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Avoiding Conflict in the Workplace

No employee wants to become embroiled in a workplace dispute. If conflict at work isn’t resolved, it can cause stress, frustration, loss of sleep, a bad temperament, illness or other issues for individual employees.

According to research undertaken by personality assessment consultancy OPP in conjunction with the Chartered Institute of Personnel & Development, 85% of employees have to deal with conflict at some point. Perhaps not surprisingly, another big trigger for disputes is the relationship that employees have with their line managers.

Is it possible to avoid workplace conflict entirely? The answer is: probably not. Conflict, disputes and disagreements are a part of daily life so it’s important that people feel able to deal with them when they arise. However, there are tactics that people can adopt to reduce the risk of becoming involved in conflict that adversely affects their health. We’ve highlighted some of them below:

1. Be positive.

If you want to work in a more positive environment, you have to be positive. It’s amazing how much of an effect a cheerful disposition can have during the working day. In addition, a number of studies show that positive people are better placed to deal with stress, anxiety and challenges.

Remaining positive will make it more difficult for others to behave badly towards you, thereby reducing the likelihood of you becoming involved in serious disputes.

2. Be aware of personality clashes.

The OPP report indicates that 49% of workplace conflict can be attributed to personality clashes. Managers find this type of problem difficult to resolve, although there is value in identifying underlying tensions before things become serious.

Avoiding certain individuals in the office won’t work but you should certainly not become involved in other people’s disagreements. Cliques in the workplace can be particularly damaging and can even result in dismissals if the environment becomes impossible. If anyone asks you to align yourself with them against others, simply say that you value working with everybody.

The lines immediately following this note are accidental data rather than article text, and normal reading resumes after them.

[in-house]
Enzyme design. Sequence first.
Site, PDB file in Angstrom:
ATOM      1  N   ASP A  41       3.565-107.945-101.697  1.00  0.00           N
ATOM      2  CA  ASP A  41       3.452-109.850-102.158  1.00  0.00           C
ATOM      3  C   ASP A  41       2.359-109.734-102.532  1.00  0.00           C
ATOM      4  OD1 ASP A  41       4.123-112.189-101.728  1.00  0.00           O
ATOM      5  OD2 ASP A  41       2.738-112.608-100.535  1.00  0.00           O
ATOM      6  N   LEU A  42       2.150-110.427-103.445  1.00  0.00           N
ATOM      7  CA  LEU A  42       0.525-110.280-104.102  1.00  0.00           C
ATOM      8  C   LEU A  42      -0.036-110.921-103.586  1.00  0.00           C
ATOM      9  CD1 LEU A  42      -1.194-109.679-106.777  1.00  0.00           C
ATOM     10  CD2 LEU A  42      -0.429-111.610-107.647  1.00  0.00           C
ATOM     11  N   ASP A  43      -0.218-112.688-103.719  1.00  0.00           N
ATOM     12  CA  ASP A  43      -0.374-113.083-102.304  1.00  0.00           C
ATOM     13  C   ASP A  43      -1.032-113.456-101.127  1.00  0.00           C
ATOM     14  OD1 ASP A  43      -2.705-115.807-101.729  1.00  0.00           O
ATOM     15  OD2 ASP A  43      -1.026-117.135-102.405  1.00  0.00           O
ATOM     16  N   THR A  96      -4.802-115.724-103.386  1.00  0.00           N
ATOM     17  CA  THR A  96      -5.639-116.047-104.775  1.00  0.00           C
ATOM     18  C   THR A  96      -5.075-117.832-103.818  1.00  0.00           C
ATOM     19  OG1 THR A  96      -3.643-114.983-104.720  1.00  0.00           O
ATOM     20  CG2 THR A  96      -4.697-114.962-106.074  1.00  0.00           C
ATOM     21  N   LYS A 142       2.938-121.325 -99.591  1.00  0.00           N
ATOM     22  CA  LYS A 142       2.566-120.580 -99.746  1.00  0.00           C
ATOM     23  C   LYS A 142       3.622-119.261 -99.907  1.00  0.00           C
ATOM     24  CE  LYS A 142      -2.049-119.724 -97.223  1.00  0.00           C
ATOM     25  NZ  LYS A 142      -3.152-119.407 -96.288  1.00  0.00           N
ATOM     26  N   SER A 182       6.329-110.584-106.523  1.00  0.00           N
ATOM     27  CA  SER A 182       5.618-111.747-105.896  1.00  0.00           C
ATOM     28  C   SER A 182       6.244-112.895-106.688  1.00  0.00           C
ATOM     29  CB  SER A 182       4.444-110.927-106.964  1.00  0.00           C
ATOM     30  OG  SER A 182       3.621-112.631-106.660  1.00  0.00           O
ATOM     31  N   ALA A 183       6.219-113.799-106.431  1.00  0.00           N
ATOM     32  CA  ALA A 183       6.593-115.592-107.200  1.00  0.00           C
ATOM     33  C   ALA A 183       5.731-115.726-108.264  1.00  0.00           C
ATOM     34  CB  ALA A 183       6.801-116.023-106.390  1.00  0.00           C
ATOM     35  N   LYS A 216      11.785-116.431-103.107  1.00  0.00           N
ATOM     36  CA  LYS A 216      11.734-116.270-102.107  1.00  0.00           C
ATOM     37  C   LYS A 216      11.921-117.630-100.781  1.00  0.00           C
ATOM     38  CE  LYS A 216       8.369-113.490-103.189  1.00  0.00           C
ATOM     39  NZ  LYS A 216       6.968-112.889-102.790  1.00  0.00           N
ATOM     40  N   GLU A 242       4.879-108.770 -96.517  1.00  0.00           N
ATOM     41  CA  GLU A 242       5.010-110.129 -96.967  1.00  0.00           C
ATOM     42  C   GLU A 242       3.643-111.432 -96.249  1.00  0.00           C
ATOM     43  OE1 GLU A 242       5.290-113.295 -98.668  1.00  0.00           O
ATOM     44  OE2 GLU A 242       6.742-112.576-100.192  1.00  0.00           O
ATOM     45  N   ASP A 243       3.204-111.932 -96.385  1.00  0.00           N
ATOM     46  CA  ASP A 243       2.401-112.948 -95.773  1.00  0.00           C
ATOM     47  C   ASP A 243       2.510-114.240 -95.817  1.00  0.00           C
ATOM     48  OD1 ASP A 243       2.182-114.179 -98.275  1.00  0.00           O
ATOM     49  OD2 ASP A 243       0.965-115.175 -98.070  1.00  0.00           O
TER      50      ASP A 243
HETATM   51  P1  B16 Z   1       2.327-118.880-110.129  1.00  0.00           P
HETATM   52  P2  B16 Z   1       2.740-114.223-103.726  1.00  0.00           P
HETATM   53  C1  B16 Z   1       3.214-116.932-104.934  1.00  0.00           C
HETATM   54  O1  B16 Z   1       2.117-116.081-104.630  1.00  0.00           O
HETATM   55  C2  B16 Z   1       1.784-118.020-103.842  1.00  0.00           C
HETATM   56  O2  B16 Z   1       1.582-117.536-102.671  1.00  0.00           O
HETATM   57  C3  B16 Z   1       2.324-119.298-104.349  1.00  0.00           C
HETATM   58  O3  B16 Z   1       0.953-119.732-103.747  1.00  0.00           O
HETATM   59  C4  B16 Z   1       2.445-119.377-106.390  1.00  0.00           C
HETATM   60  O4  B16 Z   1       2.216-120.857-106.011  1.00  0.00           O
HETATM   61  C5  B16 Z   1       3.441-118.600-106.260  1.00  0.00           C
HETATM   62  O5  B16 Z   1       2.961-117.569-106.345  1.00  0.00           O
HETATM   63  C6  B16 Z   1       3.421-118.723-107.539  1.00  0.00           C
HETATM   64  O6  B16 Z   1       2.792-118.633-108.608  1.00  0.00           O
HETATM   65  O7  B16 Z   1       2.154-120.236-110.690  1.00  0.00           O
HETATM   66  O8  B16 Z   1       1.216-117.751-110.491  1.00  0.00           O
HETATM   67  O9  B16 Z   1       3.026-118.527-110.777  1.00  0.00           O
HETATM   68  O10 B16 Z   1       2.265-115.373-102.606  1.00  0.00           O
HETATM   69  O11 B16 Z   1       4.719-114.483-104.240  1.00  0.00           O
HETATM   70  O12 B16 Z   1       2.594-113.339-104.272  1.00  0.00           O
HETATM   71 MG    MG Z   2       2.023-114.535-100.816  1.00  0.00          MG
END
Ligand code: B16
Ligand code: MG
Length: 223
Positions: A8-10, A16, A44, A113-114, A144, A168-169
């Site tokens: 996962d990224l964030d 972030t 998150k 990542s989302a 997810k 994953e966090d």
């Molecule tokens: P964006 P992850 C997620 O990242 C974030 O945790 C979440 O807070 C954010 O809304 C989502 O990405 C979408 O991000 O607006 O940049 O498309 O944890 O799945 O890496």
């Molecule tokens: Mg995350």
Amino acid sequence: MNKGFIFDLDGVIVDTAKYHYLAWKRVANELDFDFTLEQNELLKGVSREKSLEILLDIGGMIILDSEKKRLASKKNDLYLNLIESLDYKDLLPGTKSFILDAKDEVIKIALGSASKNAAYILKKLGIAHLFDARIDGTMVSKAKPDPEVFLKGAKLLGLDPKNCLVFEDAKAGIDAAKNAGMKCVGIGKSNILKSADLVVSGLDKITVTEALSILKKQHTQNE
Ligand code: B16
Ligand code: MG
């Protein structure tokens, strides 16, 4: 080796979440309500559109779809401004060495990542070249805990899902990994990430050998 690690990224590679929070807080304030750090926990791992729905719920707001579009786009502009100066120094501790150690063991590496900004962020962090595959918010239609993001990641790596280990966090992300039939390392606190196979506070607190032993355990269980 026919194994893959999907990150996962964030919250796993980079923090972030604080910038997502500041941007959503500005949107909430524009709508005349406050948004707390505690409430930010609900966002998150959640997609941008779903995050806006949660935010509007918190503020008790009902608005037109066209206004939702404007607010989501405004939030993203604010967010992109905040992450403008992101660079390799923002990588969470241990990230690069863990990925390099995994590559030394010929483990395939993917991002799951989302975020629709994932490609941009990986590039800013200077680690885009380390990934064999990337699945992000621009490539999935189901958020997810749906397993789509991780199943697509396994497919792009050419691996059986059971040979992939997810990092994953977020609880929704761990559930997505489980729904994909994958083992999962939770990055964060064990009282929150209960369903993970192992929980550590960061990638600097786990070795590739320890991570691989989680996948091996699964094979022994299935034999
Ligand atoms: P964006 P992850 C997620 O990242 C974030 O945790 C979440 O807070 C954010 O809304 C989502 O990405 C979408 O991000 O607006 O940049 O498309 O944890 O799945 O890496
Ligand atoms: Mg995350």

3. Communicate respectfully.

The old mantra of ‘treating people as you would like to be treated’ is a good tactic in avoiding workplace conflict. Asking people for their co-operation rather than giving instructions, enquiring about people’s weekends and thanking others for help they have given you will help you to maintain positive relationships with others.

You should also be careful of how you convey messages by email. It’s easy to cause offence because the other person can’t see you body language and you can’t adjust what you have said when you see their reaction.

4. Don’t get involved in emotional manipulation.

Some people are used to getting their own way by using emotions, be they anger, fear or upset. If they succeed in doing this in the workplace, it will cause resentment and lead to arguments or blame shifting.

If you have to deal with someone who regularly becomes tearful, you should simply tell them that you’re going to give them some breathing space, walk away and then return at another time. A calm approach will help you to avoid unnecessary conflict and contribute to a better working environment.

5. Know what’s important

Disputes can grow from the smallest of issues. Something as inconsequential as taking someone else’s lunch from the fridge can escalate into accusations of poor work performance. Once you have an impression of a colleague from a particular incident, you will look for other examples, however small, to reinforce that opinion.

It’s important to acknowledge that squabbles will take place now and again and that they should stay at that level – minor disagreements that should be figured out and forgotten.


Katherine Graham

Katherine Graham has worked in the field of dispute resolution for over 15 years’ as a mediator and trainer. She has mediated on the BBC Learning Zone and has given keynote speeches on conflict management and mediation for The MOD’s Equal Opportunities Conference, Women in Business Annual conference and “Getting Beyond… MORE >

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